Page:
Department of Environmental Conservation

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For Release: Wednesday, April 18, 2018

DEC Environmental Conservation Police Officer Highlights

ECO Actions for Late March to Early April

New York State Department of Environmental Conservation (DEC) Environmental Conservation Police Officers (ECOs) enforce the 71 Chapters of NY Environmental Conservation Law, protecting fish and wildlife and preserving environmental quality across New York.

In 2017, the 301 ECOs across the state responded to 26,400 calls and issued 22,150 tickets for crimes ranging from deer poaching to corporate toxic dumping and illegal mining, the black market pet trade, and excessive emissions violations.
If you witness an environmental crime or believe a violation of environmental law occurred, please call the DEC Division of Law Enforcement hotline at 1-844-DEC-ECOS (1-844-332-3267).

"From Montauk Point to Mount Marcy, from Brooklyn to Buffalo, the ECOs patrolling our state are the first line of defense in protecting New York's environment and our natural resources, ensuring that they exist for future generations of New Yorkers," said Commissioner Basil Seggos. "They work long and arduous hours, both deep in our remote wildernesses and in the tight confines of our urban landscapes. Although they don't receive much public fanfare, the work of our ECOs is critical to achieving DEC's mission to protect and enhance our environment."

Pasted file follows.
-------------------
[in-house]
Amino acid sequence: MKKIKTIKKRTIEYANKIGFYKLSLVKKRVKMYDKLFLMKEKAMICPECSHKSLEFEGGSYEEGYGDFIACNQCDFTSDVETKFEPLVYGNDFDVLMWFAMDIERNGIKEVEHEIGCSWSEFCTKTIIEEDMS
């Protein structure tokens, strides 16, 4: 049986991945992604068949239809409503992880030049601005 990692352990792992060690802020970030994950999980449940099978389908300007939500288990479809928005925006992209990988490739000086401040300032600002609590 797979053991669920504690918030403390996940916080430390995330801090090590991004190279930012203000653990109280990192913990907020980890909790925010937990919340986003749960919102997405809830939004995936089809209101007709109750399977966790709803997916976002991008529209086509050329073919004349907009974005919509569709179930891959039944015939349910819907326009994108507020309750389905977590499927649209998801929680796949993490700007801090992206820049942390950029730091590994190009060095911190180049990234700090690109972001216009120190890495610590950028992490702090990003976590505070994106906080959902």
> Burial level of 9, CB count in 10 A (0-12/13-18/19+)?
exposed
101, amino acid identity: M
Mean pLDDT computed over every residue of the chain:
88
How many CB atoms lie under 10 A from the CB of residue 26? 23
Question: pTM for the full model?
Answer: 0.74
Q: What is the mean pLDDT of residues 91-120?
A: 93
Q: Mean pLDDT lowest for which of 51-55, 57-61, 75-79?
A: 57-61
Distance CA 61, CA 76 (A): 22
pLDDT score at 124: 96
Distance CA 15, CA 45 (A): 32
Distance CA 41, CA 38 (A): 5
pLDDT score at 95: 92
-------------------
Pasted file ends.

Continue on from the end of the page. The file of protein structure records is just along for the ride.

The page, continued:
Recent missions carried out by ECOs include:

Final Farewell to One of New York's Original Game Wardens - Suffolk County
ECO Frederick "Freddy" Pradon served with DEC's Division of Law Enforcement in Region 1 from 1959 to 1985. ECO Pradon started his career as a Game Protector for the New York Conservation Department in 1959. His career transcended the period of time when these officers were called Game Protectors to the current-day ECOs. Through all of the changes in duties, ECO Pradon remained the consummate "Game Warden." He passed away on March 30, and was laid to rest on April 5 in Calverton National Cemetery. ECOs Brian Farrish, Emma Carpenter, Kyle Bevis, and Jeremy Eastwood escorted the funeral procession for ECO Pradon to his final resting place. ECO Matt Burdick played the bagpipes during the services at the cemetery.